Consent is NOT Sexy

kalena on wallA Guest Post from Kalena Miller, a senior at Carleton College
Originally Published in Spring, 2014, in her “Gender and Stuff” Blog on Tumblr

 

The “Consent is Sexy” tagline has got to end. During a dance performance on my campus this past weekend, around 50 self-identified males wore handmade shirts sporting the slogan, “Consent is Sexy.” This elicited a positive visceral reaction from the crowd, for seeing an overt display of men advocating for consent is a satisfying change of pace from themes of rape culture that often prevail when large groups of primarily white, cis-gendered men gather to assert their masculinity. Yet, in my opinion, this supposed advocacy for consent is far from subversive. Instead, the idea that consent is sexy, which is highly problematic to begin with, has become so mainstreamed that it fails to create any meaningful dialogue or thought surrounding issues of consent and sexual violence.

Sure, consent can be sexy. Ask for consent while giving me a box of chocolates and playing Michael Buble? Damn right I’m going to think you’re sexy. Ask for consent when I’m not in the mood and you haven’t showered in a week? Not so much. What should be evident is that consent has absolutely nothing to do with my assessment of your sexiness. Consent is an undeniable right that is absolutely necessary for any sexual activity, not a convenient way to gain some sexy points with your partner(s). Sex without consent is dehumanizing, a violation of personal autonomy, morally despicable, and, in my opinion, is not sex at all. Nonconsensual sex is violence. NOT a less sexy way to engage in intimate relations.consent is mandatory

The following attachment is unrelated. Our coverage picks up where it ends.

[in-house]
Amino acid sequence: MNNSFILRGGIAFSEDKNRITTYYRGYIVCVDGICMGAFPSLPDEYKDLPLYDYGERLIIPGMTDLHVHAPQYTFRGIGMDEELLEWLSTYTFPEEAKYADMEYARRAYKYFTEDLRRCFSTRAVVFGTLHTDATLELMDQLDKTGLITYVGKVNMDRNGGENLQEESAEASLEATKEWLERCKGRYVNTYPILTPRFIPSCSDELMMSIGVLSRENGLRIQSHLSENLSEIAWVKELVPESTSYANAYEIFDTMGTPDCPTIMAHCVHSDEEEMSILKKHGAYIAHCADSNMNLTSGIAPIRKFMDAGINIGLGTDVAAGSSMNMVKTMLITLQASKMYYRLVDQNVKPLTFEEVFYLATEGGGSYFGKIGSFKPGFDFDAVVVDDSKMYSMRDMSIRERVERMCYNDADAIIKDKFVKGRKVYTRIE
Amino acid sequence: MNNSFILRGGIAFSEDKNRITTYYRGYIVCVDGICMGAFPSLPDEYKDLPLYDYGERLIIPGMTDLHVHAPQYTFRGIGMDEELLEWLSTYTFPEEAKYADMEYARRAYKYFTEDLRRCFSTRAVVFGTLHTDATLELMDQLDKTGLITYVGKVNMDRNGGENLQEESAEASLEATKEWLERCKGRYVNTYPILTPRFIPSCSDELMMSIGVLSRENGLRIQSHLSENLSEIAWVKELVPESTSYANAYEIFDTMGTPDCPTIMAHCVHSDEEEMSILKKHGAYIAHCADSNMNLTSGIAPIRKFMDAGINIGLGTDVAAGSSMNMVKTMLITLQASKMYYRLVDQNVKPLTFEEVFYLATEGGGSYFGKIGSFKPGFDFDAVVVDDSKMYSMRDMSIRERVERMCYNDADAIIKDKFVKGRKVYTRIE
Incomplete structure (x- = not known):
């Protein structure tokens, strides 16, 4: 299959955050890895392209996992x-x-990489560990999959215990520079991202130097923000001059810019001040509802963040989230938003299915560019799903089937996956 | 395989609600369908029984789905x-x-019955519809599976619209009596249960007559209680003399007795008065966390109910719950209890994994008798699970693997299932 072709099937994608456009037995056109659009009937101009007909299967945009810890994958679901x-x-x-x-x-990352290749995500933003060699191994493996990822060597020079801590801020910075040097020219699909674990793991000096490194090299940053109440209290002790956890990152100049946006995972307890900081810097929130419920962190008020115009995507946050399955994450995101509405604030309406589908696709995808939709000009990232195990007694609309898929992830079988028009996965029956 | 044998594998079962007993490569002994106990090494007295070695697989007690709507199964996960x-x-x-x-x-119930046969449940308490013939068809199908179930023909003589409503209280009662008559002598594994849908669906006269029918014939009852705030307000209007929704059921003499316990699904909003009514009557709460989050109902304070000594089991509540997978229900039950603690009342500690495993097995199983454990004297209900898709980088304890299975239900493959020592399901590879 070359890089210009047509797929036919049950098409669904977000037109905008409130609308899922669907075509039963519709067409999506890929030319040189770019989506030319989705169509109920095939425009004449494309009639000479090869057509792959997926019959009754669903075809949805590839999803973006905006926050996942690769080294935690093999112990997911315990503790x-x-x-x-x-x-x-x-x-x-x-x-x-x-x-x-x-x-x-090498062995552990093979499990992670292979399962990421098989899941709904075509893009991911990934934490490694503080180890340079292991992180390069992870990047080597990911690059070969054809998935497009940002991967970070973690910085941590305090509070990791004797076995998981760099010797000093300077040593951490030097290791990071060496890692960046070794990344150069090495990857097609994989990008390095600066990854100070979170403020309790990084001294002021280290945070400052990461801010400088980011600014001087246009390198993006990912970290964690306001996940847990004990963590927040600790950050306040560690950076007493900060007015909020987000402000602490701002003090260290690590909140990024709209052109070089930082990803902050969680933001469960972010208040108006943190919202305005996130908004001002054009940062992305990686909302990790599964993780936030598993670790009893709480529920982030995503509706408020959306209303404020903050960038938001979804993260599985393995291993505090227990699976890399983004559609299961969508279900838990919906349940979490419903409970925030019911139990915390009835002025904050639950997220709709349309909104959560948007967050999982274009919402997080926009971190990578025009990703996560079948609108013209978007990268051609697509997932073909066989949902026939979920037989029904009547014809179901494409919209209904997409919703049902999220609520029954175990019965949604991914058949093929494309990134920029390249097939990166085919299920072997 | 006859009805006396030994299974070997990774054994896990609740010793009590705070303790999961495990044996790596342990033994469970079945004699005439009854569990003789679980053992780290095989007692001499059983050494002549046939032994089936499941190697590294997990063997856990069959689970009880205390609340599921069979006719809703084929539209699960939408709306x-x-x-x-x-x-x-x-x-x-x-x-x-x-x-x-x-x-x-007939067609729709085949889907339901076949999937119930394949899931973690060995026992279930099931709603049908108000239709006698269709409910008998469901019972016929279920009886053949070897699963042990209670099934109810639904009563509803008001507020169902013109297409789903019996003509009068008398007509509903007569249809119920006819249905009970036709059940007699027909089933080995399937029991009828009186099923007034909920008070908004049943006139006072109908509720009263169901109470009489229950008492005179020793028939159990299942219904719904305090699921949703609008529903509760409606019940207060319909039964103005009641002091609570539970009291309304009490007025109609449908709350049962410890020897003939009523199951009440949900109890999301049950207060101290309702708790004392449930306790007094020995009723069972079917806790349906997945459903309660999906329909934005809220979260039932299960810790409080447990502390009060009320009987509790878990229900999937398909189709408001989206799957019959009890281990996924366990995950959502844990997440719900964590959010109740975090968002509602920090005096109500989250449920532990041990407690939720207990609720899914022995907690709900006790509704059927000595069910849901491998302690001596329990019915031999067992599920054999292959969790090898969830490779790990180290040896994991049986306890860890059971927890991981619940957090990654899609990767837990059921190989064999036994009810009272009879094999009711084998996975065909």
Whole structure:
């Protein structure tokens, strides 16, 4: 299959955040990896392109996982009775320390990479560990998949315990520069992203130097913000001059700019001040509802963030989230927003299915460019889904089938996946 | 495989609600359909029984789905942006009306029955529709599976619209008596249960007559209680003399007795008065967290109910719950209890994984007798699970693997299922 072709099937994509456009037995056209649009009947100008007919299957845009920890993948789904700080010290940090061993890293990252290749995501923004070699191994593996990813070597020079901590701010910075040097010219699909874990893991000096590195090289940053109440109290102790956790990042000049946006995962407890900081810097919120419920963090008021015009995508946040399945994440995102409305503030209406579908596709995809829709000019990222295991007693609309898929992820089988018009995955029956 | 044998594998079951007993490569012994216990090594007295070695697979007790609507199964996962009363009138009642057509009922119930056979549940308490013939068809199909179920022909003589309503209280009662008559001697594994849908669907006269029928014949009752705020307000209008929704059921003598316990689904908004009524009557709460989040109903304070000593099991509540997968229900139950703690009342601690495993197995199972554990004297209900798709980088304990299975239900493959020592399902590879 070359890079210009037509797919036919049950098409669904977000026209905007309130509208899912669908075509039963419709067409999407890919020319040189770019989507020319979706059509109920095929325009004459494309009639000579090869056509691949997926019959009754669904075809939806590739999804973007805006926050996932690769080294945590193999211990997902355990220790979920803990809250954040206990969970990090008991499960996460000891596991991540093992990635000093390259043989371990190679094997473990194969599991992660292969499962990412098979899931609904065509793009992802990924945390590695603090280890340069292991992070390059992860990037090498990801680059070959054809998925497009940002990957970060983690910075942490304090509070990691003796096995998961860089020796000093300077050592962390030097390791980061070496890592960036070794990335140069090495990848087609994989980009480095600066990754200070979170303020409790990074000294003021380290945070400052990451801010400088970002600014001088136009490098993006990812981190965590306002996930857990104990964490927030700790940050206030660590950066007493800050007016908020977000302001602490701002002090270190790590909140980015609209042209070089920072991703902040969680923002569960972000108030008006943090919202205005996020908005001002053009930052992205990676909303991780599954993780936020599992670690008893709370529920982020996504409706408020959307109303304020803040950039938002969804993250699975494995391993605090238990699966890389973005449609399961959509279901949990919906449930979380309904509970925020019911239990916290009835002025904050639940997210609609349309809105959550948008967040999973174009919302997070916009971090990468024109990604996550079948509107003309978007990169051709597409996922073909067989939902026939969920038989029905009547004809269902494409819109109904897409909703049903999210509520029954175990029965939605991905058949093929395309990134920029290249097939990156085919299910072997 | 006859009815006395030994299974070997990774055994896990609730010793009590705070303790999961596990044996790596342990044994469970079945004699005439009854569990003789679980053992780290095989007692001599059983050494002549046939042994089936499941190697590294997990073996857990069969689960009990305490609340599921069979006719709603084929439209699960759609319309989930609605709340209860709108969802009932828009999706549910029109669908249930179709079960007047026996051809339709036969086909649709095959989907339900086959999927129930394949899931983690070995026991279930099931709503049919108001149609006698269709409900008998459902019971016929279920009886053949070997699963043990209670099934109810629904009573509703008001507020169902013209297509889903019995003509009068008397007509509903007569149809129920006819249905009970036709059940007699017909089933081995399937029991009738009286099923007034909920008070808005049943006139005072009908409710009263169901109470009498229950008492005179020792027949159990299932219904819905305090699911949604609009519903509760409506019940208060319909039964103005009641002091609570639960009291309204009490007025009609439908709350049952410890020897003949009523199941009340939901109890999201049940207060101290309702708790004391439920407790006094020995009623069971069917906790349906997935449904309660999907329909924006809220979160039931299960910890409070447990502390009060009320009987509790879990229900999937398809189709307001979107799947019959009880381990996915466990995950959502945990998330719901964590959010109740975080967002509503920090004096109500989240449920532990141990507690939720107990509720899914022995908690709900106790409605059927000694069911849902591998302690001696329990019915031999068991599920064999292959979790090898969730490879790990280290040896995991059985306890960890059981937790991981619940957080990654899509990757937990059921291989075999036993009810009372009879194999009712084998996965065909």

The “Consent is Sexy” slogan has brought issues of consent and sexual violence to mainstream audiences, particularly on college campuses where issues of sexual violence need visibility. And while I personally don’t think arguing that “consent is sexy” has ever been an appropriate mode for discussing consent, it is certainly not enough now. Rather than encouraging change, raising visibility, or producing dialogue, the quick and easy assertion that “consent is sexy” both starts and ends the conversation. Wearing a t-shirt bearing that slogan doesn’t create dialogue. Rather, it timidly acknowledges that whoever is wearing the t-shirt thinks good sex should probably be consensual. Or they want a sexier persona. Either way, the mainstreaming of this slogan serves as a convenient way to acknowledge the issue without actually having to think critically about its implications, which is a horrible injustice to our communities and the issue of sexual violence.

Consent is NOT sexy. Consent is absolutely necessary. So let’s stop talking about consent in the same way we would discuss perfume or flowers and let’s acknowledge that consent is a basic human right that should not and must not be violated. Maybe then we can actually start talking.

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